I’ve been doin this too long, it ain’t nuttin new to me,
I’ll run through your lil gated community,
You know how the girl be, I’m a show stopper,
I’ll give it to you early before the toast pops up.”

The sultry ‘Conceited’ follows, and although the track is indeed addictive, it shows exactly why this album may struggle. Scott Storch’s production would sound amazing if this was the FIRST time we’d heard him drop this kind of track for an artist, but as this comes hot on the heels of virtually identical work for Kim and 50 amongst others, ‘Conceited’ sounds more formulaic than dynamic, and illustrates exactly why Remy was so pissed about the amount of time it took to get this album to the shelf.

From there, the majority of the rest of the album descends into a hotchpotch of commercial Hiphop by numbers, with attempts for crossover radio play (‘Feels So Good To Me’) jockeying for position amidst underground club bangers (‘I’m’), gangsta tales for the thugs (‘Guilty’), and the obligatory autobiographical street confessional (‘Crazy’ and ‘Still’) and reggaeton tracks (‘Bilingual’). Buried amongst these and the godawful ‘Secret Location’, are a couple of tracks that definitely point to a brighter future for Remy once the label drama is pushed to the background.

‘Thug Love’, bluntly put, is a great example of how to duet with a dead rapper. Yes, it sounds incredibly harsh – but in these recent times of unearthing Biggie and Pun tapes for nowt but commercial gain, its refreshing to hear one song that was actually recorded WITH the deceased co-star over a beat the deceased co-star approved WHILE the deceased co-star was still alive. Yes, Pun’s off key singing is horrific, but his verse and his chemistry with Remy makes the listener appreciate exactly why he was and is such a well respected figure in the Hiphop community.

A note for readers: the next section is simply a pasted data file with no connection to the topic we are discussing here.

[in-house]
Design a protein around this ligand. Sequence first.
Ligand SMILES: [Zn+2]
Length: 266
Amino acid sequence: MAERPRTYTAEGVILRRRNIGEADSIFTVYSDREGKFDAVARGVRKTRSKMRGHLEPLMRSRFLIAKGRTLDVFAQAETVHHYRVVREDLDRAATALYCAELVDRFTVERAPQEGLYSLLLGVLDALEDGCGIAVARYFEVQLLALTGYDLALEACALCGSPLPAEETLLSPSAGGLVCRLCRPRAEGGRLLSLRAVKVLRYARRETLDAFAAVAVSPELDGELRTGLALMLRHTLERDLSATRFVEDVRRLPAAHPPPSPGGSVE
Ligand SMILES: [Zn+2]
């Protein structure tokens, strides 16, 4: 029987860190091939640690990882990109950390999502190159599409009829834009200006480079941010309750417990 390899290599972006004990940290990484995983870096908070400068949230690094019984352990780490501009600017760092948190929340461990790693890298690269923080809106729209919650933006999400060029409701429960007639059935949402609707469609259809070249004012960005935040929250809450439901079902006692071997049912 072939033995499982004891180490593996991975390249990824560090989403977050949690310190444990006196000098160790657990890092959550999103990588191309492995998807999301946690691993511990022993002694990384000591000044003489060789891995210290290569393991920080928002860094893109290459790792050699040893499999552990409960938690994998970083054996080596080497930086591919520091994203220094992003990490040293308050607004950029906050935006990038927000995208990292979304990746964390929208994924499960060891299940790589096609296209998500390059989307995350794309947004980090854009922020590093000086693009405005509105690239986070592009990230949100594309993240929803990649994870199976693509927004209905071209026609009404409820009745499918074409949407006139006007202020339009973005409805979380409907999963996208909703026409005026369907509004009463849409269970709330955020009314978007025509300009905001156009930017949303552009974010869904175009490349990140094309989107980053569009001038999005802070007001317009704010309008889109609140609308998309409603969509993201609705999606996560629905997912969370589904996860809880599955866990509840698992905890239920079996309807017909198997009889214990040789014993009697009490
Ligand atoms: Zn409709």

‘What’s Going On’ piques the interest more for the subject matter than for the Che Harris-laced production, as Remy breaks down her own tale of unplanned pregnancy and the struggles in deciding on abortion. The Keyshia Cole chorus is definitely in the ‘take-it-or-leave-it’ zone, but at the end of the day, its the bravery of Remy in bringing this out into the open on wax in such a descriptive manner that deserves commendation.

If this had been released a year ago, I feel that we would be talking about THIS album a lot more than we actually will now. The Scott Storch and Swizz Beatz bandwagons were rolling over everything then and DJs were spinning their new sounds to death, and THAT was the time to strike with much of the material on this album. As it is, with everything that has come before it, this sounds less ‘something about Remy’ and more about everyone else’s sound. Its definitely unfortunate for her, as I feel that the woman does have genuine skills, but I fear her ship has sailed on this album. Its definitely one you’ll want to check out before buying, but like it or not, it shouldn’t make you discount Remy herself in any way.